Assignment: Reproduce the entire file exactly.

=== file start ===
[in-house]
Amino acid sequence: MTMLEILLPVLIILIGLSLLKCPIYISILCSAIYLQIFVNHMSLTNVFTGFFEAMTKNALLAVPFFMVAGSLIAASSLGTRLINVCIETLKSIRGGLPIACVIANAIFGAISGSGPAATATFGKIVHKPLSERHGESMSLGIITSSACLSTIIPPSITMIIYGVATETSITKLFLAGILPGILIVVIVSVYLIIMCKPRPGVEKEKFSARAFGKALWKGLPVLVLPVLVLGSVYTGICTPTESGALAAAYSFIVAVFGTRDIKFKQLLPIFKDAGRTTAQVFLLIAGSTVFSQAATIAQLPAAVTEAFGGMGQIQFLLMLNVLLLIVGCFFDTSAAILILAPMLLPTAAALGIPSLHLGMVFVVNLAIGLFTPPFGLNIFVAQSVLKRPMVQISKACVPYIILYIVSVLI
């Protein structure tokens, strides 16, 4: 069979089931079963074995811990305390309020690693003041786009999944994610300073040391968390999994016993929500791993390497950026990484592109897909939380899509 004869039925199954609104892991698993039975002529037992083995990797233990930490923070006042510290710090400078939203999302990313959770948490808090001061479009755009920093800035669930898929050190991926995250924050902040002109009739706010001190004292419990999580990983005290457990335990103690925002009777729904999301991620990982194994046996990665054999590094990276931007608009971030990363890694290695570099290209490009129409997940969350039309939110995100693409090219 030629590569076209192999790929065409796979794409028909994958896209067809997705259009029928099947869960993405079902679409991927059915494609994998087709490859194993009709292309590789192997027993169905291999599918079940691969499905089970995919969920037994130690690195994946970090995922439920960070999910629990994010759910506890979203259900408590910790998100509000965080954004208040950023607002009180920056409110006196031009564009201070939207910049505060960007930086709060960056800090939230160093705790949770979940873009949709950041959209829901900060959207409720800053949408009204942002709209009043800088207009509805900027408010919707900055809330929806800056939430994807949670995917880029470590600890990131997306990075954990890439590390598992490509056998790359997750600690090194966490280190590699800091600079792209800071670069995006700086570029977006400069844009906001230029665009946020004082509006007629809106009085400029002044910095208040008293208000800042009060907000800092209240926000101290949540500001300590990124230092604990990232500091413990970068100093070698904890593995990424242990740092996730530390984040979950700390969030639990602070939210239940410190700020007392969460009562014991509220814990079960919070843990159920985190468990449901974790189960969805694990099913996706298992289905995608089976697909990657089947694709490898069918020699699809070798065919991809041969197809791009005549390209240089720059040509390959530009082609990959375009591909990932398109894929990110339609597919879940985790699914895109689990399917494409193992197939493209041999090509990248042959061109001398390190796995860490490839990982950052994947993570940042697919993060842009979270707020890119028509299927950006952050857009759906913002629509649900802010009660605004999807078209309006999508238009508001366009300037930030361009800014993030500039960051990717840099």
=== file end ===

[in-house]
Amino acid sequence: MTMLEILLPVLIILIGLSLLKCPIYISILCSAIYLQIFVNHMSLTNVFTGFFEAMTKNALLAVPFFMVAGSLIAASSLGTRLINVCIETLKSIRGGLPIACVIANAIFGAISGSGPAATATFGKIVHKPLSERHGESMSLGIITSSACLSTIIPPSITMIIYGVATETSITKLFLAGILPGILIVVIVSVYLIIMCKPRPGVEKEKFSARAFGKALWKGLPVLVLPVLVLGSVYTGICTPTESGALAAAYSFIVAVFGTRDIKFKQLLPIFKDAGRTTAQVFLLIAGSTVFSQAATIAQLPAAVTEAFGGMGQIQFLLMLNVLLLIVGCFFDTSAAILILAPMLLPTAAALGIPSLHLGMVFVVNLAIGLFTPPFGLNIFVAQSVLKRPMVQISKACVPYIILYIVSVLI
């Protein structure tokens, strides 16, 4: 069979089931079963074995811990305390309020690693003041786009999944994610300073040391968390999994016993929500791993390497950026990484592109897909939380899509 004869039925199954609104892991698993039975002529037992083995990797233990930490923070006042510290710090400078939203999302990313959770948490808090001061479009755009920093800035669930898929050190991926995250924050902040002109009739706010001190004292419990999580990983005290457990335990103690925002009777729904999301991620990982194994046996990665054999590094990276931007608009971030990363890694290695570099290209490009129409997940969350039309939110995100693409090219 030629590569076209192999790929065409796979794409028909994958896209067809997705259009029928099947869960993405079902679409991927059915494609994998087709490859194993009709292309590789192997027993169905291999599918079940691969499905089970995919969920037994130690690195994946970090995922439920960070999910629990994010759910506890979203259900408590910790998100509000965080954004208040950023607002009180920056409110006196031009564009201070939207910049505060960007930086709060960056800090939230160093705790949770979940873009949709950041959209829901900060959207409720800053949408009204942002709209009043800088207009509805900027408010919707900055809330929806800056939430994807949670995917880029470590600890990131997306990075954990890439590390598992490509056998790359997750600690090194966490280190590699800091600079792209800071670069995006700086570029977006400069844009906001230029665009946020004082509006007629809106009085400029002044910095208040008293208000800042009060907000800092209240926000101290949540500001300590990124230092604990990232500091413990970068100093070698904890593995990424242990740092996730530390984040979950700390969030639990602070939210239940410190700020007392969460009562014991509220814990079960919070843990159920985190468990449901974790189960969805694990099913996706298992289905995608089976697909990657089947694709490898069918020699699809070798065919991809041969197809791009005549390209240089720059040509390959530009082609990959375009591909990932398109894929990110339609597919879940985790699914895109689990399917494409193992197939493209041999090509990248042959061109001398390190796995860490490839990982950052994947993570940042697919993060842009979270707020890119028509299927950006952050857009759906913002629509649900802010009660605004999807078209309006999508238009508001366009300037930030361009800014993030500039960051990717840099």